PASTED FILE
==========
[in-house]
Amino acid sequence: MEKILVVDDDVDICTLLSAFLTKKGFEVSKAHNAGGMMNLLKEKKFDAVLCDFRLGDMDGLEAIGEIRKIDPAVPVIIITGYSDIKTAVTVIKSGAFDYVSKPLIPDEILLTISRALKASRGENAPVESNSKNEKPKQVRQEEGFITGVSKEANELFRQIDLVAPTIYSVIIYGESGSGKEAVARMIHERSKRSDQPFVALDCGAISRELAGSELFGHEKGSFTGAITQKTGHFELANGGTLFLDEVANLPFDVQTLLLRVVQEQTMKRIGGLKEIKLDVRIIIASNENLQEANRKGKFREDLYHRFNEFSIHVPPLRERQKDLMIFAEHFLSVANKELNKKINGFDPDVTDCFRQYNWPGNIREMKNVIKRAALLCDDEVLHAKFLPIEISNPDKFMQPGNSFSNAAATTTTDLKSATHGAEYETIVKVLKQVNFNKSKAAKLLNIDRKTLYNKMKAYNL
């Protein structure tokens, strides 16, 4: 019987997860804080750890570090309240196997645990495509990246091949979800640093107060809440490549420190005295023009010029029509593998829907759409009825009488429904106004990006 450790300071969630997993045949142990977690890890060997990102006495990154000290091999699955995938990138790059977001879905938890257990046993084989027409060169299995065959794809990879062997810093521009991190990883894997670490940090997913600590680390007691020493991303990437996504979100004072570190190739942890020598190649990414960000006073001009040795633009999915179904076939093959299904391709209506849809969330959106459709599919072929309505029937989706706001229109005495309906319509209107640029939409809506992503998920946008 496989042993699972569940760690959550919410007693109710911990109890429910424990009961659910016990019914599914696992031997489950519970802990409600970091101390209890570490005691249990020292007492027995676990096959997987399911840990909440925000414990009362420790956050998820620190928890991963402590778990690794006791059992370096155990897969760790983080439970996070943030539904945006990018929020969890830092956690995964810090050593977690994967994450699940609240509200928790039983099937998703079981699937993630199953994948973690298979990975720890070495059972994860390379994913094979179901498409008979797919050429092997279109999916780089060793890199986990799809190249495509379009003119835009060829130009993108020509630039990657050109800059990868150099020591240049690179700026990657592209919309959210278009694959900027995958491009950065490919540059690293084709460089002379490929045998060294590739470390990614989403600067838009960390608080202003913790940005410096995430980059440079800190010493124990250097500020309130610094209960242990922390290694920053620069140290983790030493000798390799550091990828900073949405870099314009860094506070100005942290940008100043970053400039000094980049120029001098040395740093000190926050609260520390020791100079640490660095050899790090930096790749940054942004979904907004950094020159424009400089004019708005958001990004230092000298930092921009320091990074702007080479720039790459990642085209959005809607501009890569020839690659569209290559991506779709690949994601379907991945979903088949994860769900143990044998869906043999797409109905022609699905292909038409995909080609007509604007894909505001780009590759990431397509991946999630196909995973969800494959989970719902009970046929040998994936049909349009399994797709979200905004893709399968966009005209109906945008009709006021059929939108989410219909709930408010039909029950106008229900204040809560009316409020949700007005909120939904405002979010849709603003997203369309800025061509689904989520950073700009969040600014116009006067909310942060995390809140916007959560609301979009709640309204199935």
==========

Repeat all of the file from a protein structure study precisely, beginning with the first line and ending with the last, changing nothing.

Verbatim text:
[in-house]
Amino acid sequence: MEKILVVDDDVDICTLLSAFLTKKGFEVSKAHNAGGMMNLLKEKKFDAVLCDFRLGDMDGLEAIGEIRKIDPAVPVIIITGYSDIKTAVTVIKSGAFDYVSKPLIPDEILLTISRALKASRGENAPVESNSKNEKPKQVRQEEGFITGVSKEANELFRQIDLVAPTIYSVIIYGESGSGKEAVARMIHERSKRSDQPFVALDCGAISRELAGSELFGHEKGSFTGAITQKTGHFELANGGTLFLDEVANLPFDVQTLLLRVVQEQTMKRIGGLKEIKLDVRIIIASNENLQEANRKGKFREDLYHRFNEFSIHVPPLRERQKDLMIFAEHFLSVANKELNKKINGFDPDVTDCFRQYNWPGNIREMKNVIKRAALLCDDEVLHAKFLPIEISNPDKFMQPGNSFSNAAATTTTDLKSATHGAEYETIVKVLKQVNFNKSKAAKLLNIDRKTLYNKMKAYNL
């Protein structure tokens, strides 16, 4: 019987997860804080750890570090309240196997645990495509990246091949979800640093107060809440490549420190005295023009010029029509593998829907759409009825009488429904106004990006 450790300071969630997993045949142990977690890890060997990102006495990154000290091999699955995938990138790059977001879905938890257990046993084989027409060169299995065959794809990879062997810093521009991190990883894997670490940090997913600590680390007691020493991303990437996504979100004072570190190739942890020598190649990414960000006073001009040795633009999915179904076939093959299904391709209506849809969330959106459709599919072929309505029937989706706001229109005495309906319509209107640029939409809506992503998920946008 496989042993699972569940760690959550919410007693109710911990109890429910424990009961659910016990019914599914696992031997489950519970802990409600970091101390209890570490005691249990020292007492027995676990096959997987399911840990909440925000414990009362420790956050998820620190928890991963402590778990690794006791059992370096155990897969760790983080439970996070943030539904945006990018929020969890830092956690995964810090050593977690994967994450699940609240509200928790039983099937998703079981699937993630199953994948973690298979990975720890070495059972994860390379994913094979179901498409008979797919050429092997279109999916780089060793890199986990799809190249495509379009003119835009060829130009993108020509630039990657050109800059990868150099020591240049690179700026990657592209919309959210278009694959900027995958491009950065490919540059690293084709460089002379490929045998060294590739470390990614989403600067838009960390608080202003913790940005410096995430980059440079800190010493124990250097500020309130610094209960242990922390290694920053620069140290983790030493000798390799550091990828900073949405870099314009860094506070100005942290940008100043970053400039000094980049120029001098040395740093000190926050609260520390020791100079640490660095050899790090930096790749940054942004979904907004950094020159424009400089004019708005958001990004230092000298930092921009320091990074702007080479720039790459990642085209959005809607501009890569020839690659569209290559991506779709690949994601379907991945979903088949994860769900143990044998869906043999797409109905022609699905292909038409995909080609007509604007894909505001780009590759990431397509991946999630196909995973969800494959989970719902009970046929040998994936049909349009399994797709979200905004893709399968966009005209109906945008009709006021059929939108989410219909709930408010039909029950106008229900204040809560009316409020949700007005909120939904405002979010849709603003997203369309800025061509689904989520950073700009969040600014116009006067909310942060995390809140916007959560609301979009709640309204199935």